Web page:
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Abolitionist Movement’s Effects on US Development

The USA earned its independence from British rule in the eighteenth century. The new country was based on democratic principles where people’s rights were respected and exercised to a considerable extent. However, the democratic aspirations of Americans were rather compromised as millions of people were deprived of basic rights. Slavery became a matter of heated debate and even one of the reasons for the Civil War that tore the country into two camps. Some people in the USA, including politicians and average citizens, advocated for slavery abolishing, while others tried to ignore or silence those individuals’ concerns. This paper includes a brief analysis of the abolitionist movement and some of its effects on the development of American society.

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It is first necessary to consider the peculiarities of the methods used by some abolitionists. Many of these people were responsible reformers who tried to develop specific strategies and methods to ensure the swift transfer to the society where slavery is abolished. However, thousands of abolitionists were agitators or, in many cases, idealists who focused on morals and democratic values. For instance, the American anti-slavery society declared its sentiments regarding the matter in 1833 (Library of Congress, n.d.).

The organization stressed that slavery must be abolished, and this can be achieved through political instruments. It is stated that people of free states should advocate for making all slaves free, which is supposed to persuade slave owners (Library of Congress, n.d.). It is stressed that no compensations can be offered since slavery is a crime. Clearly, this position was rather unrealistic and even irresponsible as it led to increased tension in the country.

One of the strengths of the movement was its use of the provisions of the Declaration of Independence. For example, the American anti-slavery society emphasized that the country was governed in terms of the principles of equality. The declaration of the society included quotes that all people were born equal and had the right to live and to liberty (Library of Congress, n.d.). However, their opponents were reluctant to take into account such strong evidence and attempted to put an end to the debate. The Gag Rule was a response of anti-abolitionists who simply introduced the regulations that enabled Congress to ignore anti-slavery petitions. Ironically, although the creators of the regulation wanted to make the debate less visible, it had quite the opposite effect. In spite of the fact that Congress did not consider anti-slavery petitions, the abolitionist movement earned more and more supporters in the society.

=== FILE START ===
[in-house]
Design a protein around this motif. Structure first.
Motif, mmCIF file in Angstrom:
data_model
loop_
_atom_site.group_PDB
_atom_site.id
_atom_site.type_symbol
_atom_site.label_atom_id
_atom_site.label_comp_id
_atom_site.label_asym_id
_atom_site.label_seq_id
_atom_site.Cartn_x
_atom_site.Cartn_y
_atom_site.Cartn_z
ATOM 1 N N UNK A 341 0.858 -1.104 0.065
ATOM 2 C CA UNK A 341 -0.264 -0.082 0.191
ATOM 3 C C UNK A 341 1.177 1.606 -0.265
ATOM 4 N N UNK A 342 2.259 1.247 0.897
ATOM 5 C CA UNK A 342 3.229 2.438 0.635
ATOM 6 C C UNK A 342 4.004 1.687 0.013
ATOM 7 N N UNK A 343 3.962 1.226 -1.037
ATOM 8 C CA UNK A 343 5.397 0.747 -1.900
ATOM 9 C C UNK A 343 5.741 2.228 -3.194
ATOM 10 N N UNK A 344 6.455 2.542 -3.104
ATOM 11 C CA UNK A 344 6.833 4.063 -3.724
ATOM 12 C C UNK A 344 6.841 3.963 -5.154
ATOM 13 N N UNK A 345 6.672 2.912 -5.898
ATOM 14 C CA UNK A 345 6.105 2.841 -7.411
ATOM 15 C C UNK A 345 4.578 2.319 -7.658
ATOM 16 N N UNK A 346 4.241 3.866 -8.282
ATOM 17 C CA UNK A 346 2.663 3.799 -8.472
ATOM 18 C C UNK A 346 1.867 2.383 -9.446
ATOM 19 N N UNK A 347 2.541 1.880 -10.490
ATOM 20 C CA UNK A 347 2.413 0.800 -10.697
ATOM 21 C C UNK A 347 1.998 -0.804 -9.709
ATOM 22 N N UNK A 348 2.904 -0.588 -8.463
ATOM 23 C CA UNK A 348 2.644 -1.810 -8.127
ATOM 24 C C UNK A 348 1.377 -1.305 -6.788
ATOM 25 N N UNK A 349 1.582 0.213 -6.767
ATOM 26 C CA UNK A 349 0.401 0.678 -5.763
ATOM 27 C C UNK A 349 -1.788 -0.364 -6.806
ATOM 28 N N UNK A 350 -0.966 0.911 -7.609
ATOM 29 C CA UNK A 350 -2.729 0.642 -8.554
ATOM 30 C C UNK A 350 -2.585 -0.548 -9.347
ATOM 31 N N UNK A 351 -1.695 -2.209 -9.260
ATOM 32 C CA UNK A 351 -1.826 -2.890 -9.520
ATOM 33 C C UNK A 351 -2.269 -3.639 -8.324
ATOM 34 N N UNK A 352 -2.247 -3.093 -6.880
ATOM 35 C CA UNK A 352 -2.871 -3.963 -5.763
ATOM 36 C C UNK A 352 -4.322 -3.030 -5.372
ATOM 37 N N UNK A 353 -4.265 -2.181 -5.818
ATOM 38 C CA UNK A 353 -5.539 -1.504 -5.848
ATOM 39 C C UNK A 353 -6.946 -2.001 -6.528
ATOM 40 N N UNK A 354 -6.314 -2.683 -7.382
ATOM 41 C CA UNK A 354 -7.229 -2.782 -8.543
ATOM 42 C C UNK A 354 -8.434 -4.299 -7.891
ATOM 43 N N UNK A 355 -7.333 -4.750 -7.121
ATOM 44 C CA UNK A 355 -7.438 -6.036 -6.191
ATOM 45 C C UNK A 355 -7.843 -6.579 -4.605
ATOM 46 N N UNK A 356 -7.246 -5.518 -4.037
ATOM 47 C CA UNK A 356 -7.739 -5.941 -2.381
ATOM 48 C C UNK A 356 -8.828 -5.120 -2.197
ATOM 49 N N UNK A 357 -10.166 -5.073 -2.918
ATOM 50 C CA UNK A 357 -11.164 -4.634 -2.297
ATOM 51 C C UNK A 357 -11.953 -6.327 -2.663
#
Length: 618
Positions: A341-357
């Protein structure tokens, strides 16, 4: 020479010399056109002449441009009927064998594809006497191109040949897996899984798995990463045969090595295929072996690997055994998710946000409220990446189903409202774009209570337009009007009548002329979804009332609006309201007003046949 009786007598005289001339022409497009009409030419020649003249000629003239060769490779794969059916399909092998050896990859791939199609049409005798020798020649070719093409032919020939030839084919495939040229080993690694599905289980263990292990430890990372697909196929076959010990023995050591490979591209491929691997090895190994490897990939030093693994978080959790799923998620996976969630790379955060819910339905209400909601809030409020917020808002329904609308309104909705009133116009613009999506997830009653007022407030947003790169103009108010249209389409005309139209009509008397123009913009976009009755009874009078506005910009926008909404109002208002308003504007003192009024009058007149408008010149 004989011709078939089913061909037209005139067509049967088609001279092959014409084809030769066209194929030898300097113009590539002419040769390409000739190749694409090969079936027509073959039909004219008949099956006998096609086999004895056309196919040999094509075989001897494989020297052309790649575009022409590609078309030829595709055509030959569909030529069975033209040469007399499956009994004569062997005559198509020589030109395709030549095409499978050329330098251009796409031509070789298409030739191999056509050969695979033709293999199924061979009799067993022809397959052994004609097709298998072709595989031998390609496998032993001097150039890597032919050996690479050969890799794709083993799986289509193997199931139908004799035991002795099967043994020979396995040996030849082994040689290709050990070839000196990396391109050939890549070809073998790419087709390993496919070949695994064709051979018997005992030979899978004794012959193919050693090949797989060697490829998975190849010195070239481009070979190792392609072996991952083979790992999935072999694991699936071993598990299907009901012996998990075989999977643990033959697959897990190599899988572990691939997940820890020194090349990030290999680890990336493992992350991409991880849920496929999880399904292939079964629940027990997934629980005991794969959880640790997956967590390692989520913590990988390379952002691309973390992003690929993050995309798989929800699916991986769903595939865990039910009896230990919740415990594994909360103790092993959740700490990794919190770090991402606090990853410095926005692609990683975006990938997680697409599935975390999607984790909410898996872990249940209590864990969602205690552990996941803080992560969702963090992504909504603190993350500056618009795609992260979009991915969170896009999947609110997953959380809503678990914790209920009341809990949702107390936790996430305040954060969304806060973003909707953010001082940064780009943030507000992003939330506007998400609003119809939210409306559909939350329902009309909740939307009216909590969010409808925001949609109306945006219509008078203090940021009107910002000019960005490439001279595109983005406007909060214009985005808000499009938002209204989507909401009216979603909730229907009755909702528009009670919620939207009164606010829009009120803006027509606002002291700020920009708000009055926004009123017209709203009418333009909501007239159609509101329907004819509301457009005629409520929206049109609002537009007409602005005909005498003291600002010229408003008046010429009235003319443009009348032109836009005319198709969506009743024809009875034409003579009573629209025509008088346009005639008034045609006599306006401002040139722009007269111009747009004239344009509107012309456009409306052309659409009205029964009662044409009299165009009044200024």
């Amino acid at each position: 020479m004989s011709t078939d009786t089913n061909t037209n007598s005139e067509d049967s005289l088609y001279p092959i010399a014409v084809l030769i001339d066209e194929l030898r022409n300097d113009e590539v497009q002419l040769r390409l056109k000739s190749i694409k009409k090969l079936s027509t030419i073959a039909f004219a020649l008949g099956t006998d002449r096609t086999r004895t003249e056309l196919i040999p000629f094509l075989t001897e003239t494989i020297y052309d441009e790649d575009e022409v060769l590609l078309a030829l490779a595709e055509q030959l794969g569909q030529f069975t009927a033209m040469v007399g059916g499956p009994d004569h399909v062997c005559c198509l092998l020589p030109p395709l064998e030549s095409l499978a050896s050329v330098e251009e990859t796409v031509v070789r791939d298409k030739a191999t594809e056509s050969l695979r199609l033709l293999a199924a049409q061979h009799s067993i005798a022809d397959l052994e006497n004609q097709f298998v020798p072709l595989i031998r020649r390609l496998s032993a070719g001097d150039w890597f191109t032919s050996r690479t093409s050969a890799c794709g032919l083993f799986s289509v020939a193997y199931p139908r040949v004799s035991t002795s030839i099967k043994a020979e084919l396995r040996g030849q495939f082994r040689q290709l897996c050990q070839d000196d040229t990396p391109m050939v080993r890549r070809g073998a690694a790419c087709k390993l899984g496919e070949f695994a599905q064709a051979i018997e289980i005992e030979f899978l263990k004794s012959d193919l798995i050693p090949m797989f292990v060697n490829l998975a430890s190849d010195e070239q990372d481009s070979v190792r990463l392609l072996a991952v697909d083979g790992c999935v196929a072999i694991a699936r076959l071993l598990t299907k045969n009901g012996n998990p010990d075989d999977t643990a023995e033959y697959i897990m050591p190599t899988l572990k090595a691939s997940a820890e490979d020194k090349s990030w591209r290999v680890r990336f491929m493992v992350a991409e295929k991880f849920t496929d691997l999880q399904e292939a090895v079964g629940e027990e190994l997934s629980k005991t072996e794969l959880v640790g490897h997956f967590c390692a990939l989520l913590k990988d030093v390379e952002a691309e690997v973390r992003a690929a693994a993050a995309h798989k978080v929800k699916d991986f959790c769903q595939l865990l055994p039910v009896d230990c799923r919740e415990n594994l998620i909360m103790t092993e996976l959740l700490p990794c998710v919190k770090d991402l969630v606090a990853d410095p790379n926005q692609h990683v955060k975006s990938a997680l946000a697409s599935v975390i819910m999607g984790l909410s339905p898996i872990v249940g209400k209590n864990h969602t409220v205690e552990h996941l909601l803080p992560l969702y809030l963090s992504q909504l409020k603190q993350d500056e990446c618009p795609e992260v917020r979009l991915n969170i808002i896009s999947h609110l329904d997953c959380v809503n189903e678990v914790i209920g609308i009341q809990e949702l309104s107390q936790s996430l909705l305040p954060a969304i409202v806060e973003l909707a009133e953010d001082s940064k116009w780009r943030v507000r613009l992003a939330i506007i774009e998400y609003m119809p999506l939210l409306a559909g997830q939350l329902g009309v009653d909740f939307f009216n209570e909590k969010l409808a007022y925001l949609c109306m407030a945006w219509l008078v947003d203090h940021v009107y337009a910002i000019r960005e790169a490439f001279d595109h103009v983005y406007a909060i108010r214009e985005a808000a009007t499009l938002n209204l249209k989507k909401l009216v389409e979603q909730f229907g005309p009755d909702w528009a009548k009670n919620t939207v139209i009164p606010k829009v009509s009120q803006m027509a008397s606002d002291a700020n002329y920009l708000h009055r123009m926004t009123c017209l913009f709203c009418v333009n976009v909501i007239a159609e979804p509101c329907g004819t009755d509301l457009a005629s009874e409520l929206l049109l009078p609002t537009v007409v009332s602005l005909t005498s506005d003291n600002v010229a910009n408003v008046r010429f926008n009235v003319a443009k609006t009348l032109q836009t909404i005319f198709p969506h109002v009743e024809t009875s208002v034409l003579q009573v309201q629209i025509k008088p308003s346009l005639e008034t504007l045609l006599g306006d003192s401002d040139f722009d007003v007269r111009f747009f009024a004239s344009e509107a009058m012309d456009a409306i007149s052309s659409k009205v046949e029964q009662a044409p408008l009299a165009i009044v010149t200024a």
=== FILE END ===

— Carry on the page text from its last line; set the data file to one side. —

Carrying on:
Another effect of the Gag Rule, which is specifically remarkable, is associated with the women’s rights movement. Females participated in the abolitionists’ struggle using diverse methods, including the development of petitions. A group of women who resided in Massachusetts created a petition where they mentioned major principles of democracy and some provisions of the Declaration of Independence (United States House of Representatives, n.d.).

American females learned how to be active and how to employ different strategies to achieve their goals. These skills and commitment to certain goal attainment were instrumental in making the women’s rights movement successful.

In conclusion, it is necessary to state that American abolitionists often used quite ineffective tools to achieve their goals, such as idealistic declarations. Nevertheless, every petition and declaration still contributed to the final outcome as an increasing number of Americans were starting to understand the adverse effects slavery had on the development o the new nation. The abolitionist movement was also an important stage in the creation of a civil society where people were prepared to fight for their rights.

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Library of Congress. (n.d.). Image 1 of Declaration of sentiments of the American anti-slavery society. Adopted at the formation of said society, in Philadelphia, on the 4th day of December, 1833. New York. Published by the American anti-slavery society, 142 Nassau Street. William S. Web.

United States House of Representatives. (n.d.). Petition to rescind gag rule. Web.

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